Craig and Jake do their part
Sharing a similar mission with Pablove, Red Sox pitcher Craig Breslow's (pictured, left) Strike Three Foundation heightens awareness, mobilizes support and raises funds for childhood cancer research. The Jimmy Fund, supported by the Red Sox since 1953, raises funds for cancer care and research for children and adults at Boston's Dana-Farber Cancer Institute. September is Childhood Cancer Awareness Month. Red Sox starter Jake Peavy (right) pledged $300 to the Jimmy Fund for every strikeout made by either the Red Sox or the Dodgers on Aug. 25 to support cancer research. Peavy made the pledge in recognition of his 300th major league start and in tribute to his grandmother, Dama Lolley, and former Padres bullpen coach Darrel Akerfelds — both of whom lost their battles with cancer. Dodgers pitchers struck out seven and Peavy struck out five so Peavy donated $3,500. The proceeds were added to the total of Aug. 27 and 28 WEEI/NESN Jimmy Fund Radio-Telethon.
What it means: Headlands Center for the Arts is a multidisciplinary, international arts center in the Marin Headlands in Sausalito, Calif., dedicated to: supporting artists, the creative process and the development of innovative ideas and artwork. We offer programs for artists and the public. Headlands Artist Luke Fischbeck crafted a custom print using images from one of his crowd-sourced drawing projects, a collaborative effort between artist and audience. The pattern includes the brushstrokes of hundreds of visitors to his art studio during an open house event at Headlands. When Ken wore it: Saturday, Aug. 10, 2013, at the Rays-Dodgers MLB on FOX game. How to get involved: Visit the Headlands website; or "Like" the organization on Facebook.
National Kidney Foundation
What it means: There is no cure for kidney disease, but early detection can make a major difference and the National Kidney Foundation (NKF) is working to get the message out. One in nine Americans (26 million) live with chronic kidney disease; one in three adults (73 million) are at risk because of high blood pressure, diabetes or a family history. And the obese, elderly and minorities face increased risk. On average, 13 people die daily waiting for a kidney. The Greater Cincinnati Region of the NKF, the national office and regions across the country promote 3 Pillars: awareness, prevention and treatment to enhance the lives of people who experience, are at risk for or are affected by kidney disease. A volunteer wishing to honor her mother, who is suffering from kidney disease, initiated the connection between NKF and BowTie Cause. NKF's tagline, "Now! you know," inspired the bow tie's design. When Ken wore it: Aug. 3, 2013, at the Rangers-Athletics MLB on FOX game. How to get involved: Visit the NKF website; "Like" the organization on Facebook; and follow it on Twitter.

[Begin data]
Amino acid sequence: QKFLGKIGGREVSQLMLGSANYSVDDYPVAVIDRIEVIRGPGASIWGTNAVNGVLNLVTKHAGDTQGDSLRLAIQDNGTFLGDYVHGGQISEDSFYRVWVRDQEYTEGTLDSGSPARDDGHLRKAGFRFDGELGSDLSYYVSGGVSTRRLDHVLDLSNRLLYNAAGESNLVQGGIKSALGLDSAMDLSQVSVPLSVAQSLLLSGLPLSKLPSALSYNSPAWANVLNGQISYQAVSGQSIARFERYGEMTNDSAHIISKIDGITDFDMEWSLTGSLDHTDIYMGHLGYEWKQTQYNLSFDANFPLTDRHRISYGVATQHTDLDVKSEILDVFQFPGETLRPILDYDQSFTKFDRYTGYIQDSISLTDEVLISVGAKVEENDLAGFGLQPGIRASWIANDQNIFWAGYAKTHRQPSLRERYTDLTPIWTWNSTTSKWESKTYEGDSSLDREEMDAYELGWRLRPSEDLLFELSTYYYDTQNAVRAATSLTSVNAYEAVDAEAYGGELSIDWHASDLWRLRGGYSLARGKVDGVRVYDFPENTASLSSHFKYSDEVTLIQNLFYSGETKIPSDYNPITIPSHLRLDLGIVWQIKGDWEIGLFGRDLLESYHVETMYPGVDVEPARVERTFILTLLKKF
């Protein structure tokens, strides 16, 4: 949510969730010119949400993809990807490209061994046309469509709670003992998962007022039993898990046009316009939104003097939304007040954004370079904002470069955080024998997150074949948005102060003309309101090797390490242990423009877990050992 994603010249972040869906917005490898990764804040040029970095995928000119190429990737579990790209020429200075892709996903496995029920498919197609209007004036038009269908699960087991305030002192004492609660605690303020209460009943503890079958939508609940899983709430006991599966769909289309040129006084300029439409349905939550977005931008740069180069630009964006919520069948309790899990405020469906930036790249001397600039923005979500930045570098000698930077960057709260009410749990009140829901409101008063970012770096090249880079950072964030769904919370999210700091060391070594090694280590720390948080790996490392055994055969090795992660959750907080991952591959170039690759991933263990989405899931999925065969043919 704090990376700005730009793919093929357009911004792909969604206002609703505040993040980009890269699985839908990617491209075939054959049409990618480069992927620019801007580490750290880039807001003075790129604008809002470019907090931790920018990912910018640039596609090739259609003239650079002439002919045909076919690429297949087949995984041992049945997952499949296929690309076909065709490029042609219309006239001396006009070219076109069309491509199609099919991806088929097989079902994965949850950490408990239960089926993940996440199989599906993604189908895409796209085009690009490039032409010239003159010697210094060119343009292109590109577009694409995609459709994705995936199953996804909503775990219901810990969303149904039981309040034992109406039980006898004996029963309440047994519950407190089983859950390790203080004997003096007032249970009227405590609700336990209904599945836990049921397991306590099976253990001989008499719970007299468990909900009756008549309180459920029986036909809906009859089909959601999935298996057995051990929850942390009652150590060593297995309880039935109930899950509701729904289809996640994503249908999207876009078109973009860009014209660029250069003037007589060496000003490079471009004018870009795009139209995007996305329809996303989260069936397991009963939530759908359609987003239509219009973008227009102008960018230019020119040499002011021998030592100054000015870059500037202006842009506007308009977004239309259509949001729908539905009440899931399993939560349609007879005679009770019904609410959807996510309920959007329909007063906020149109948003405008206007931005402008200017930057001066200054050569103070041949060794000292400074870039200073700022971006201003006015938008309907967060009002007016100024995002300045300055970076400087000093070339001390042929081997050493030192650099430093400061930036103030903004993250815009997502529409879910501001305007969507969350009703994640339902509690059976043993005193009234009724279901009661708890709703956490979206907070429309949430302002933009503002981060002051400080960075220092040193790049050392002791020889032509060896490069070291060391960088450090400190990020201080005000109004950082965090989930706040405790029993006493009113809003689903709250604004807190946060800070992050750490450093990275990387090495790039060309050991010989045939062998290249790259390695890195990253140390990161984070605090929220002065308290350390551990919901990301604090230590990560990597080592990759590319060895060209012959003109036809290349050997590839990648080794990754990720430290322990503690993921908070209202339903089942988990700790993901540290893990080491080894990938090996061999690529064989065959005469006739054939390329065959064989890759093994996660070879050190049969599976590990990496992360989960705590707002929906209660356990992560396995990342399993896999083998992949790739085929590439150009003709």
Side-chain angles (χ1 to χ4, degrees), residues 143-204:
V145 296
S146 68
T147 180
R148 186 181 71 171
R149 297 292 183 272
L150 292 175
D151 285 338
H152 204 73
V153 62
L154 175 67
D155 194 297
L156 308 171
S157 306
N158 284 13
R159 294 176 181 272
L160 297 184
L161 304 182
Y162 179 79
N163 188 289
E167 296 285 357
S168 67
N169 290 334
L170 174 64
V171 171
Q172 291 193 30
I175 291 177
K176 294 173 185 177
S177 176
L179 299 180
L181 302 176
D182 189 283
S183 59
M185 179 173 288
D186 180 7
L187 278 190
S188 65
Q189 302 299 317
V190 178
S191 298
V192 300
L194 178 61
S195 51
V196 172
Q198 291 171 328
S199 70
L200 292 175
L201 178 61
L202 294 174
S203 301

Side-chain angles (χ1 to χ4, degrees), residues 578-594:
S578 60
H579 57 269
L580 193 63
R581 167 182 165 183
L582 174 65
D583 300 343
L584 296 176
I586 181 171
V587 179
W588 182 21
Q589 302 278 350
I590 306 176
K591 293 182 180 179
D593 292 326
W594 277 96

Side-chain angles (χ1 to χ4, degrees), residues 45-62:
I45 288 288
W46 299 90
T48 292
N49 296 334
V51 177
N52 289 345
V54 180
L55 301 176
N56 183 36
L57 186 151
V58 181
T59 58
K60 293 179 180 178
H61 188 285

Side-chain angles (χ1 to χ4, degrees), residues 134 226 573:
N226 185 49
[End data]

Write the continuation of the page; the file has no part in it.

Pints for Prostates
What it means: Pints for Prostates uses the universal language of beer to reach men with an important message about early detection of the disease, which one in six American males will face. Men are 33% more likely to be diagnosed with prostate cancer than women are to face breast cancer. According the National Cancer Institute, more than 238,000 American men will be diagnosed with the disease this year and nearly 30,000 will die from it. The design features the pint glass from the Pints for Prostates logo against a light blue background, to reflect the color of ribbons used to raise awareness for prostate cancer. When Ken wore it: July 20, 2013, at the Yankees-Red Sox MLB on FOX game. How to get involved: Visit the Pints for Prostates website, "Like" the organization on Facebook or follow it on Twitter.
Ken with Joe
Ken Rosenthal interviewed Tampa Bay Rays manager Joe Maddon in 2011 about his involvement in promoting prostate cancer awareness and testing, and how the disease has affected those close to him, including his father. Many other members of the MLB family have battled prostate cancer, including: Joe Torre, Dusty Baker, Hall of Famer Stan Musial, Bob Watson, Steve Garvey and Arizona Diamondbacks president and CEO Derrick Hall.
Juvenile Diabetes Research Foundation
What it means: JDRF was the first non-profit to partner with BowTie Cause and was a result of Dhani Jones' friendship with Fernando Aguirre, the president/CEO of Chiquita Brands International. The bow tie was designed by Fernando's son Fabrizio, who has juvenile diabetes. It symbolizes the ups and downs of juvenile diabetes and incorporates the official colors of JDRF. When Ken wore it: July 13, 2013, at the Cardinals-Cubs game on FOX's Baseball Night in America. He also wore it July 21, 2012, at the Rangers-Angels game and April 23, 2011, at the Reds-Cardinals game. Who he wore it for: The late Cubs Hall of Famer Ron Santo, who had Juvenile Diabetes, which eventually led to the amputation of both legs. Ken also wore it in April for Max Rowe, a young friend of MLB on FOX broadcaster Joe Buck. Max is living with Juvenile Diabetes. How you can get involved: visit the Juvenile Diabetes Research Foundation website.
Ken explains why he wore the JDF bow tie in honor of the late Ron Santo, who played 2B for the Cubs and was the team's longtime broadcaster. Santo was inducted into the Baseball Hall of Fame on July 22, 2012. The Cubs dedicated this statue to him at Wrigley Field in September 2011. Santo kept his Type 1 diabetes a secret during his playing days. The disease eventually led to the amputation of both legs below the knee. Santo died in December 2010 of bladder cancer. FOX broadcaster Joe Buck has taken up the cause to fight juvenile diabetes to honor his dear friend's son, Max Rowe, who has the disease.